Lydia’s Conversion in Philippi
13 On the Sabbath we went outside the city gate to the river, where we expected to find a place of prayer. We sat down and began to speak to the women who had gathered there. 14 One of those listening was a woman from the city of Thyatira named Lydia, a dealer in purple cloth. She was a worshiper of God. The Lord opened her heart to respond to Paul’s message. 15 When she and the members of her household were baptized, she invited us to her home. “If you consider me a believer in the Lord,” she said, “come and stay at my house.” And she persuaded us.
So, Lydia is a community leader, a gentile woman of standing within her community, and she hears the message and gets saved, and her and her whole household are baptised, she welcomes the apostles into her home, and hosts the Church at Philippi in her front room…
Lydia moves from a spiritual seeker and person of peace to one of the key (if not the key) mover and shaker in the Philippian Church.
When I headed up the youth work at college, I made the joke, “At TNT -the youth work at St. John’s (I know dreadful name, I inherited it)- you may well have the next Archbishop of Canterbury, so we’d better all make sure your nice to HER”
Ironically, as an aside, Justin Welby the Archbishop of Canterbury was turned down for being a Vicar and told he didn’t have a future in the Church of England, but clearly God saw something the selectors didn’t and eventually he was recommended for training, and then ended up Archbishop!
We simply don’t where God will take the people we come into contact with, where they are destined to go… to often we look for healthy, fully formed disciples who agree with all our theological and biblical quirks, rather than the more costly step of growing our own disciples and seeing people released in all that they could be for the Kingdom.
You might be reading this passage and saying, so what?
Well, for starters she was a woman. Remember in John’s gospel the Samaritan woman at the well it was a bit iffy for Jews to talk to women they weren’t related to or married too, so Luke, Timothy, Paul and Silas, have crossed some cultural barriers talking to a woman, who accepts Christ and is baptised. This was new revolutionary ground, just as it was for Philip in chapter 8 with the Ethiopian Eunuch (who couldn’t be circumcised even if he wanted to be) but took the gospel back to Ethiopia and planted/led the Church there, or Peter and Cornelius in chapter 10 -could a Jew go and eat with a Roman solider?
On Pentecost (Acts 2) two worlds collided, the Jewish world of law, scripture and traditions of their ancestors and the gentile world which had a different world view entirely…So unsurprisingly the early Christians were wrestling with questions about how being a follower of Christ looks within a different culture yet still being authentically Christian, so they had a big meeting, the council of Jerusalem in Acts 15 when the Church settled its views on the collision between the Jewish world view and the Gentile world view.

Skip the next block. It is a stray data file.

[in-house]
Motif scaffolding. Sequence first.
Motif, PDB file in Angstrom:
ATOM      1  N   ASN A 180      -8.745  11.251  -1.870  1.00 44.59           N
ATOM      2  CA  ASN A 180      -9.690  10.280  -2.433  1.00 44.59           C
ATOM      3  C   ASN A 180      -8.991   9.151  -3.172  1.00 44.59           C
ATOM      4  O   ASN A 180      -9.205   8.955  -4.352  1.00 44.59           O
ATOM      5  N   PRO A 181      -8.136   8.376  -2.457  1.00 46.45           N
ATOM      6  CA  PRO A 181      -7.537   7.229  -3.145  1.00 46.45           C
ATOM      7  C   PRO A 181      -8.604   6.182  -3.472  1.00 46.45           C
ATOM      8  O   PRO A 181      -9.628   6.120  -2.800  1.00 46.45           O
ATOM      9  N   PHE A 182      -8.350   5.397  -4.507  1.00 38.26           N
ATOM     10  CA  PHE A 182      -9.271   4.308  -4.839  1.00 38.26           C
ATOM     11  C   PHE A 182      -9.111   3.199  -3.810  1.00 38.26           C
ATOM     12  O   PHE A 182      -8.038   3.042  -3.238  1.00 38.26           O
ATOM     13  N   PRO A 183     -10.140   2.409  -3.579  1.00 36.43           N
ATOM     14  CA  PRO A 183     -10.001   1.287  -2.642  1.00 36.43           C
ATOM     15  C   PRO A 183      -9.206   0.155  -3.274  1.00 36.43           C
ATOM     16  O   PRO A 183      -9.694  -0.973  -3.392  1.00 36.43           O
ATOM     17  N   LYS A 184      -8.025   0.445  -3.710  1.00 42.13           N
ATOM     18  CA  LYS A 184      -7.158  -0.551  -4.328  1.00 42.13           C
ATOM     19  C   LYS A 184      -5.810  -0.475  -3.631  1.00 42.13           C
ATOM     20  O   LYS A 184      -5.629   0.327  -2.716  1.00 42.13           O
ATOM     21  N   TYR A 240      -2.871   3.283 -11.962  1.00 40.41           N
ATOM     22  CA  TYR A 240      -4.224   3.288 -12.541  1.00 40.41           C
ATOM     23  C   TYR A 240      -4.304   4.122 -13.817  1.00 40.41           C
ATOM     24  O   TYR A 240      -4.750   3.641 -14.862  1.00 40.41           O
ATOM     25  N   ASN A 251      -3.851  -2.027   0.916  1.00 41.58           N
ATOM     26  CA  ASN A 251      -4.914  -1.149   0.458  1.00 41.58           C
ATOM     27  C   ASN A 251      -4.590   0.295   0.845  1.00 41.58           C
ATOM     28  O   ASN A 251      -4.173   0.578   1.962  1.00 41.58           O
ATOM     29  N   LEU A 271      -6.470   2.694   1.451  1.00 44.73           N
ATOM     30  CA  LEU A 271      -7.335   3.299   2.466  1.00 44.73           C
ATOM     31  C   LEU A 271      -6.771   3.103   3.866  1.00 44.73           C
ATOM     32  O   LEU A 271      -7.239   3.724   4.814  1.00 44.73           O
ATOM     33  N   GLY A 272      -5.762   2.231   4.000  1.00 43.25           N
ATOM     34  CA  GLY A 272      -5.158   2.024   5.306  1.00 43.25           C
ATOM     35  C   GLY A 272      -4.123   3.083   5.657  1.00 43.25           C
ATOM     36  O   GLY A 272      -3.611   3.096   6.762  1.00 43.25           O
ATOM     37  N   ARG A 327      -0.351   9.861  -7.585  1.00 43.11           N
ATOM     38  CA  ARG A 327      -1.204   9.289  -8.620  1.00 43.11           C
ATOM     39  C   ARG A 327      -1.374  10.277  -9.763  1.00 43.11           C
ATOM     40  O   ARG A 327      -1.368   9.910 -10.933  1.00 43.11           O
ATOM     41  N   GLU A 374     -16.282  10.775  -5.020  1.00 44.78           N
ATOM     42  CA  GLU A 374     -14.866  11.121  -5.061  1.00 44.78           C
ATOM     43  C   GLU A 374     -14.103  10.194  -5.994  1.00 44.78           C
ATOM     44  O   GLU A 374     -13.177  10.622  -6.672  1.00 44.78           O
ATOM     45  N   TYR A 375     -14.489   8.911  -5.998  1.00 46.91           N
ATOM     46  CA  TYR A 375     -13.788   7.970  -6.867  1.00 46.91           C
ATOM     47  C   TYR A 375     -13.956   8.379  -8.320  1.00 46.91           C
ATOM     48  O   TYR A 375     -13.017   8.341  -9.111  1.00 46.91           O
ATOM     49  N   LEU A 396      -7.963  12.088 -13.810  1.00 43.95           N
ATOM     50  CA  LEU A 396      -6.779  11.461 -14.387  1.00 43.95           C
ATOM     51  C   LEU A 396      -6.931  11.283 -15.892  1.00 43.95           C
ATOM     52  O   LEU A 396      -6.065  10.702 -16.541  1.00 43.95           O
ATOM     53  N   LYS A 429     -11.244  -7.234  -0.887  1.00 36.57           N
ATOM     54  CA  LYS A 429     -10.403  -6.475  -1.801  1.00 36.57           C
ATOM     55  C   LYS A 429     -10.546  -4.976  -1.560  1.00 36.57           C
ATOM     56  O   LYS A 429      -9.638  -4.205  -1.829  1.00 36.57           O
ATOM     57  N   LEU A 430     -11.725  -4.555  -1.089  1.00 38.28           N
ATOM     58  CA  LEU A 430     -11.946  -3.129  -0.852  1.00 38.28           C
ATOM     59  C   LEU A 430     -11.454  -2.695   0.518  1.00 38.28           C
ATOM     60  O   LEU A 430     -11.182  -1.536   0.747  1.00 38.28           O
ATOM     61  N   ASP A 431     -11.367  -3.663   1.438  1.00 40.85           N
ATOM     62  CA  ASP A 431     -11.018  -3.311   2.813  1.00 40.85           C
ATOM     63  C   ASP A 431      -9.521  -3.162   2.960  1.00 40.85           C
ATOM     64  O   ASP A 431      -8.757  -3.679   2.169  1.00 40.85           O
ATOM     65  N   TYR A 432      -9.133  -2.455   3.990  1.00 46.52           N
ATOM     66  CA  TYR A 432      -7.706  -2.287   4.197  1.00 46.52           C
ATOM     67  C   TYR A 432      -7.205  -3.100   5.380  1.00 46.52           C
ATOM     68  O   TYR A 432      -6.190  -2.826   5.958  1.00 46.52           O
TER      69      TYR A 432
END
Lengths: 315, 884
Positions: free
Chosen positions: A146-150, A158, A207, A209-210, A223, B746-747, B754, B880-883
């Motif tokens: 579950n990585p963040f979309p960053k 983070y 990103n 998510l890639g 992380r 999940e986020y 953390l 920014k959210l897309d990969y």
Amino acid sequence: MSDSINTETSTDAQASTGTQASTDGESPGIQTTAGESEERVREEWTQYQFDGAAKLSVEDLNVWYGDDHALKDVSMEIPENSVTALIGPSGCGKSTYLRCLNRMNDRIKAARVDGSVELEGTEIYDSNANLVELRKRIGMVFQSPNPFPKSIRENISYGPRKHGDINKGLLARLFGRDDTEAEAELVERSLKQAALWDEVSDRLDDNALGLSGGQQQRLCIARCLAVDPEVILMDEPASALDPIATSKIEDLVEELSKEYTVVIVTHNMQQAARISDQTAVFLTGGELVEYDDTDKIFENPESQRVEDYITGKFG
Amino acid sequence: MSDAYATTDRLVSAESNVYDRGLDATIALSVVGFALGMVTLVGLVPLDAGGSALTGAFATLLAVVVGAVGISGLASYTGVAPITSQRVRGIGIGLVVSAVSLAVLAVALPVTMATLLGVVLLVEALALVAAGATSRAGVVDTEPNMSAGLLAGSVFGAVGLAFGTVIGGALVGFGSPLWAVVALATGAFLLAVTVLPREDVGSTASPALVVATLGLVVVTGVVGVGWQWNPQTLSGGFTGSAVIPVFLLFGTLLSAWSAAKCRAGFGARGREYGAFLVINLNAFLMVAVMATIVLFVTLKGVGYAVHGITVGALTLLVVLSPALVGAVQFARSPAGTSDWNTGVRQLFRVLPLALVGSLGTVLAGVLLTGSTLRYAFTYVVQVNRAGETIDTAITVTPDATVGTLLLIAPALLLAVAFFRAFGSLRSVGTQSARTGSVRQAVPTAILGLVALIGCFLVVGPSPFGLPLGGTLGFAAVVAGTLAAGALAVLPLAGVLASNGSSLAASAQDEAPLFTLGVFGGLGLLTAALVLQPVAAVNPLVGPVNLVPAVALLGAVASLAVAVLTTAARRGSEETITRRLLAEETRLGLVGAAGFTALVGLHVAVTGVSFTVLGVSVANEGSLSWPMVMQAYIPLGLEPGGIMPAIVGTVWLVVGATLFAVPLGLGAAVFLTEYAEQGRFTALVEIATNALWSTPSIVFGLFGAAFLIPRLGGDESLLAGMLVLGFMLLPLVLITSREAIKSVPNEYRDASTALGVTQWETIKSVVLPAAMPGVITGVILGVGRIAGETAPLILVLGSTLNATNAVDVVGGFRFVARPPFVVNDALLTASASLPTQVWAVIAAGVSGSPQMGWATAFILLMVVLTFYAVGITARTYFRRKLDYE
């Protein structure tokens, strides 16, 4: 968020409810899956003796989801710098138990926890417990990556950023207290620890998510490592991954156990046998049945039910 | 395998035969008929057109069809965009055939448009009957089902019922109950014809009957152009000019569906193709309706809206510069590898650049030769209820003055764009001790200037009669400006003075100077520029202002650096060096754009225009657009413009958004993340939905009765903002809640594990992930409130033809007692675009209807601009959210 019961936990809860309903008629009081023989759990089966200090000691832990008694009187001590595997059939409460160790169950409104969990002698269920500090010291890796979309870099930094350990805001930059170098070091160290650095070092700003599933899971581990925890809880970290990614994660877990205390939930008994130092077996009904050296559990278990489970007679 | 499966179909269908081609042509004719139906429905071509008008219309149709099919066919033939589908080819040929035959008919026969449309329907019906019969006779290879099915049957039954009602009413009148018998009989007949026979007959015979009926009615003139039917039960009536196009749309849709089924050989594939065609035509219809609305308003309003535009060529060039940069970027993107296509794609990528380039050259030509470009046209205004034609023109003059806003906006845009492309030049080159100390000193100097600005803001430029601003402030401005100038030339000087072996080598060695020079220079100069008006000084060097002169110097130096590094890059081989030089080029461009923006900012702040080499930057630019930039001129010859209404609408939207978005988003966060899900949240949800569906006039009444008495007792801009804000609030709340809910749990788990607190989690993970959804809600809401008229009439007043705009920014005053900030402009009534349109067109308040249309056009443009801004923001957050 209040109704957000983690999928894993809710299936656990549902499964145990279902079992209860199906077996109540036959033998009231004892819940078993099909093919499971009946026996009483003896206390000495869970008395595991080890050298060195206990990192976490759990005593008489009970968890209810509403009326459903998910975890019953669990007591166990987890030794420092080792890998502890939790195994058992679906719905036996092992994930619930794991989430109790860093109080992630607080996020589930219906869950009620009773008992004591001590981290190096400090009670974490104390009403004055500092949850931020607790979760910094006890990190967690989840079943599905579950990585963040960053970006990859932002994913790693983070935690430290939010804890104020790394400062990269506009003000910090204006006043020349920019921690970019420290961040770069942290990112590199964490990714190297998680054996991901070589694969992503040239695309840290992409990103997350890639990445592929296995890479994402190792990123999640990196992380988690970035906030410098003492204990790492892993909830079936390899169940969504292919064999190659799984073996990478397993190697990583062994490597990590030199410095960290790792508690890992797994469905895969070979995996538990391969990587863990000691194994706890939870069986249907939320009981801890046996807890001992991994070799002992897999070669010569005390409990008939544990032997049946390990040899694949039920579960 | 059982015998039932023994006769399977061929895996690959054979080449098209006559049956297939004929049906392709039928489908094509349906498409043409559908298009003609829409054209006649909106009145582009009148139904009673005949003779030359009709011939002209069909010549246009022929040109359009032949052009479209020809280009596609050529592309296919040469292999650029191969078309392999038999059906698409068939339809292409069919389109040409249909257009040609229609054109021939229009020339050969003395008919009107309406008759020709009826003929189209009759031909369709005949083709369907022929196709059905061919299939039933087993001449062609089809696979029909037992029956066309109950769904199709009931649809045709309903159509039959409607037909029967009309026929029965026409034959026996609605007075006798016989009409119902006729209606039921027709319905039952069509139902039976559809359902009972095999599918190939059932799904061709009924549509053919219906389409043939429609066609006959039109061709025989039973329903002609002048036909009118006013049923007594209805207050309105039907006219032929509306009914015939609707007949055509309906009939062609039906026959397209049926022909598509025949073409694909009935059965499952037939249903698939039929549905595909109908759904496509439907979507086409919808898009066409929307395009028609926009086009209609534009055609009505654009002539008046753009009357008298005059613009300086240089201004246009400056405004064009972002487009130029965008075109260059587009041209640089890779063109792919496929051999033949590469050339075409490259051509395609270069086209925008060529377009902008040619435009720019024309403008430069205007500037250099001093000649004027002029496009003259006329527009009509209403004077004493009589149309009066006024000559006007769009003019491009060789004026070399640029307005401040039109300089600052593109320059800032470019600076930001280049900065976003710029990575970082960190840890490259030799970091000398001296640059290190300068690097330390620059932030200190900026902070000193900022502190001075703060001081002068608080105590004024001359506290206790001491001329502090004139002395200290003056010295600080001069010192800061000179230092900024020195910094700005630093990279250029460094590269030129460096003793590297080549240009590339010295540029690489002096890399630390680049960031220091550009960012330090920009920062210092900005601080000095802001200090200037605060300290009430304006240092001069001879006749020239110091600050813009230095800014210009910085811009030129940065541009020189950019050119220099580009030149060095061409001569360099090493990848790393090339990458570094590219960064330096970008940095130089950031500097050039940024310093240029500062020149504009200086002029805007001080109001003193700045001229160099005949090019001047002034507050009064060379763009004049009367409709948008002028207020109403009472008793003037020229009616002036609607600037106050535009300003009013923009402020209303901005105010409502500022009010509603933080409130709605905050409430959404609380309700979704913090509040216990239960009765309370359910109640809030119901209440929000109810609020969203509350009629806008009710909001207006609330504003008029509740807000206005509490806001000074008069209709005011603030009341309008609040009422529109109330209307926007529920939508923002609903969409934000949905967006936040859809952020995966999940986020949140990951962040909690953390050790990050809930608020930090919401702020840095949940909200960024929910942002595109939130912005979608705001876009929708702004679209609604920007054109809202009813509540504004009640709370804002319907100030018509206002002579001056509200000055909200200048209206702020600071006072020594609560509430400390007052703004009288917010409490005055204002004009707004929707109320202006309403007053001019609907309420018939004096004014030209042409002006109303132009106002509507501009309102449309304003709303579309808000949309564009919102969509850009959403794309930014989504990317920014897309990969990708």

The reason it is in the Bible is Luke wants to clearly show a woman getting clearly saved, baptised, and leading others to faith and serving in the local Church; an authentic Christian gospel assimilating into indigenous culture.
It is an argument Luke is building, with Mary’s righteous response with Zachariah’s sinful response to the news of miraculous pregnancies; Jesus being anointed by a sinful woman (double bubble), women being faithful disciples at the cross when the male disciples had run into hiding, and the first witnesses of the resurrection, and Mary Jesus’ Mum is there on Pentecost… (John also includes the Woman at the well as the first person tells he is the Messiah, who becomes one of the first Christian evangelists)… This goes along with Luke also showing 1st, 2nd and 3 generation of disciples preaching the Kingdom, healing the sick and raising the dead; and Jews and Gentiles sharing mission together.
Paul in addressing this issue later says that in Christ Jesus “there is no Jew/Gentle, male/female, slave/free as we are all one in Christ” (Gal.3.28)… Much of the macro narrative is the excluded become the included with Christ…
David Watson wrote about not realising the gifting God had placed within his Church, by not realising the calling of women within his congregation, the body of Christ needs to function with everyone in it living out their call and gifts; the body of Christ is made up of Jews and Gentiles, slaves and free people, males and female and we are all called to play our part, our identity is no longer determined by such factors, but instead by whether or not we are in Christ.
I believe that as human beings most of us feel we can’t possibly be used by God in whatever he calls us to due to our own insecurities, yet God is not limited by our limitations, and is more interested in our availability than our abilities… whoever we are what matters is whether or not we echo the words of Mary (Jesus’ mother) and say “yes Lord”.
Luke makes the point that God seems to specialise in working in and through the people the religious establishment don’t think he should…
So, I long to see everyone we meet in Christ reaching their full potential in him, I love the thought of the unlikely looking kids in the skate park eating our cakes from after the service may one day be the Churches next pastor. The future Bishop of Bristol, might be a young drunk girl we help into a taxi having given her a pair of flip flops. The next great Kingswood evangelist might walk into the foodbank on Monday.
‘You’ll never amount to anything’ or ‘you’ll won’t be able to’ are glass celling’s the world puts on over us are shattered by the empowering call of Christ.
Lydia was a key player in her community, and brought others to faith… many of these people are key players in their community and may bring many of people to faith.
So let us look at people with eyes of faith, thinking what they could be in God…